Chinese and Japanese, including sushi, are Canuck favourites, but Mexican, Thai, Vietnamese, Indian and Korean are also at the top of the list. Eighty per cent of the ethnic entrées we consume come from an independent restaurant, but ethnic entrées at chains are also up two per cent. QSR only accounts for 20 per cent of ethnic dishes, but they are driving substantial gains, up 10 per cent, compared to FSRs, which are up just one per cent.
Expect to see more Asian and Latin menu items and ethnic-influenced flavours as American fast-casual chains, such as Panda Express, Chipotle and Moe’s Southwest Grill head to Canada, says Strachan.
But Canada has its own favourite ethnic flavours tied to the unique regional demographics across the country. Asian is the dominant influence in the West, and Toronto’s multi-cultural scene has strong Italian and Greek roots that reach into the traditional French-dominated menus of Montreal.
In Vancouver, Bao Bei Chinese Brasserie offers contemporary cuisine, serving small plates of braised beef tendons ($4), wok-charred octopus with confit garlic and Thai-basil pickled cucumber ($14), Pemberton beef tenderloin tartare with preserved mustard root, quail egg and watercress ($14) and cold soft tofu with black bean, ground pork and shimiji mushrooms ($10).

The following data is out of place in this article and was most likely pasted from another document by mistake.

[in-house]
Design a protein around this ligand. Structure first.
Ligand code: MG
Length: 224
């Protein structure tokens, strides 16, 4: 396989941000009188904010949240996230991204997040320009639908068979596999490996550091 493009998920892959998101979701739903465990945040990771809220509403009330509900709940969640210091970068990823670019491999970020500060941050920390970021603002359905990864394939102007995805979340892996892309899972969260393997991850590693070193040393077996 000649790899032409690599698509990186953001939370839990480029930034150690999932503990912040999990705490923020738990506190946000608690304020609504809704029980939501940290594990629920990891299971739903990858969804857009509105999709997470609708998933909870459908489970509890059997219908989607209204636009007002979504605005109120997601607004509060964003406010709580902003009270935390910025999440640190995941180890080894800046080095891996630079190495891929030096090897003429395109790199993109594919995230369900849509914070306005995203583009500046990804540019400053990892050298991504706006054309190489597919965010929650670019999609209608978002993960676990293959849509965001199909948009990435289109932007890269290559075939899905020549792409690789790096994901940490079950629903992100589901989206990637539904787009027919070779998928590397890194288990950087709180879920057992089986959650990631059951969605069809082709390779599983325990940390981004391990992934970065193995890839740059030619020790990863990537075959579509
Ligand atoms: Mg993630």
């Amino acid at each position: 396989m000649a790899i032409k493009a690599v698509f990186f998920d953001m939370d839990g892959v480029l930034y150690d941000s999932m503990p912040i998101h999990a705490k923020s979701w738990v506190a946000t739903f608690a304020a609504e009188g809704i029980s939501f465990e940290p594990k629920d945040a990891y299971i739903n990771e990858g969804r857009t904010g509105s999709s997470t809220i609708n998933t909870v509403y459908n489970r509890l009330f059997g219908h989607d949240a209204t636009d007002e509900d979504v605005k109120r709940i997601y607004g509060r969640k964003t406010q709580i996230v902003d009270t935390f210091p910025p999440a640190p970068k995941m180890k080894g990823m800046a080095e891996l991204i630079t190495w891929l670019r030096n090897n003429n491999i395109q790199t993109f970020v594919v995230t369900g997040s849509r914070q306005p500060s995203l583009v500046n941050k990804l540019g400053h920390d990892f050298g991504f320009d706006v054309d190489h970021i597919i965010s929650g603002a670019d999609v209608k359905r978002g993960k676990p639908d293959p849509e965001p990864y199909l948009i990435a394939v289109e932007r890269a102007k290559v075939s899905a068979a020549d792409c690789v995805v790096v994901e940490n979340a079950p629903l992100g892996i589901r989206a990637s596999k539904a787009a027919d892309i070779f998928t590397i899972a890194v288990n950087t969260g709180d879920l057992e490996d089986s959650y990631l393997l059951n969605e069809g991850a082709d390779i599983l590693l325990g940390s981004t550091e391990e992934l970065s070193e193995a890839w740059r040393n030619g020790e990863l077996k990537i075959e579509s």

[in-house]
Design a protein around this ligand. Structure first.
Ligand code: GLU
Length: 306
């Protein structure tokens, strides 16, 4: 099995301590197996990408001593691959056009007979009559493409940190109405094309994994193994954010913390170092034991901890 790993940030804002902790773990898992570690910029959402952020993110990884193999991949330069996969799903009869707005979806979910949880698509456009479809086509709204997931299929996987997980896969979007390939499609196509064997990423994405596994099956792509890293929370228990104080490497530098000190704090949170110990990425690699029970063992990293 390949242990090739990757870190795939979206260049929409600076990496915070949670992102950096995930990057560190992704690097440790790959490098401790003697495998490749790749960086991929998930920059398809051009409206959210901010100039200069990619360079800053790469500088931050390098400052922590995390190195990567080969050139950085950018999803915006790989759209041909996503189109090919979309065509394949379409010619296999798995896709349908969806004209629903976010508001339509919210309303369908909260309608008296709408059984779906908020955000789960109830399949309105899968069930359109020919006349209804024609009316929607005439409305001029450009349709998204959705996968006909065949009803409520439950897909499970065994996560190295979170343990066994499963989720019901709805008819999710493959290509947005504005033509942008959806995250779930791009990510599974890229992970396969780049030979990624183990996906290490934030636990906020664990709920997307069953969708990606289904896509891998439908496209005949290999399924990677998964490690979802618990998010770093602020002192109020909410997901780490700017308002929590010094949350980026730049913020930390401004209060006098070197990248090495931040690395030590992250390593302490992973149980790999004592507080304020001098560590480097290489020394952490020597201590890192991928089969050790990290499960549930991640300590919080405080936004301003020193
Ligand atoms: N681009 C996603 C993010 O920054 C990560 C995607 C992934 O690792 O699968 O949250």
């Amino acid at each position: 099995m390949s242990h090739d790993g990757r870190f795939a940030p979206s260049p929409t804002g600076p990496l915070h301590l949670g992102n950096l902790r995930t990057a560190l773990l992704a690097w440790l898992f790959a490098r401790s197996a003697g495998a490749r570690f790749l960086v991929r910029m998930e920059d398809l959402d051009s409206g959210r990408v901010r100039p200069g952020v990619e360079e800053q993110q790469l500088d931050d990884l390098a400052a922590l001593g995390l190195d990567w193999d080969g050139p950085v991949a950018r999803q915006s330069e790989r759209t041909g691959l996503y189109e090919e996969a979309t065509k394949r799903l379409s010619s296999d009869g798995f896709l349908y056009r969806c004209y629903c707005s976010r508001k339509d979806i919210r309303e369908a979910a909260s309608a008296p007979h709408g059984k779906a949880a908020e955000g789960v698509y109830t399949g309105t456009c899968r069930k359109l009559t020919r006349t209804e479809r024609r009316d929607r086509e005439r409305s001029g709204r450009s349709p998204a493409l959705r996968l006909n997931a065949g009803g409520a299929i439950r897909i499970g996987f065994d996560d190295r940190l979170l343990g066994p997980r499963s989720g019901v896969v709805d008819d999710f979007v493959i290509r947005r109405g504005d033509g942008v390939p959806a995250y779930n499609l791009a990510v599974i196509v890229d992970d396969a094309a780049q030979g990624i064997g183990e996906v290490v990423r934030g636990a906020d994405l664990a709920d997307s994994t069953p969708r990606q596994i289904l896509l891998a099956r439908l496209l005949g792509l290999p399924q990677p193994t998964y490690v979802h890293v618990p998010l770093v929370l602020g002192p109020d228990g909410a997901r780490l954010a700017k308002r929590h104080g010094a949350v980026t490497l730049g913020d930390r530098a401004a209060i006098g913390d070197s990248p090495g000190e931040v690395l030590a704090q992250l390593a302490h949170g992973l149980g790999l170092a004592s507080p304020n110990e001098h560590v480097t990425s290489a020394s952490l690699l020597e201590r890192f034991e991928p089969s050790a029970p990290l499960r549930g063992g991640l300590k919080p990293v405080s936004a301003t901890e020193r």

Owner Tannis Ling and chef Joel Watanabe want to introduce authentic Asian food to a new generation of diners in a contemporary setting. “I wanted to open a cool Chinese restaurant, with clean fresh food inspired by my mother’s cooking,” says Ling of the two-year-old establishment. “I wanted people to be able to have a glass of wine and enjoy Chinese cooking without [dining with a party of] 10.”
Ling says diners are “searching for a new experience” and don’t shy away from dishes such as beef tendons. “Most people can’t handle the consistency, but we slice them thin, like carpaccio, and serve them over a salad with a really good dressing.” she says.
She even has bar snacks such as crispy dried anchovies with sweet, salty peanuts that are typical in Taiwan and loved by customers.
“I call our food modern Chinese,” she says, “because our chef uses French and Japanese techniques with my input and ingredients. It’s an evolution of Chinese cuisine … but we’re going back to some of the traditional ways.”
Ling, a longtime bartender, is even creating cocktails with traditional Chinese taste.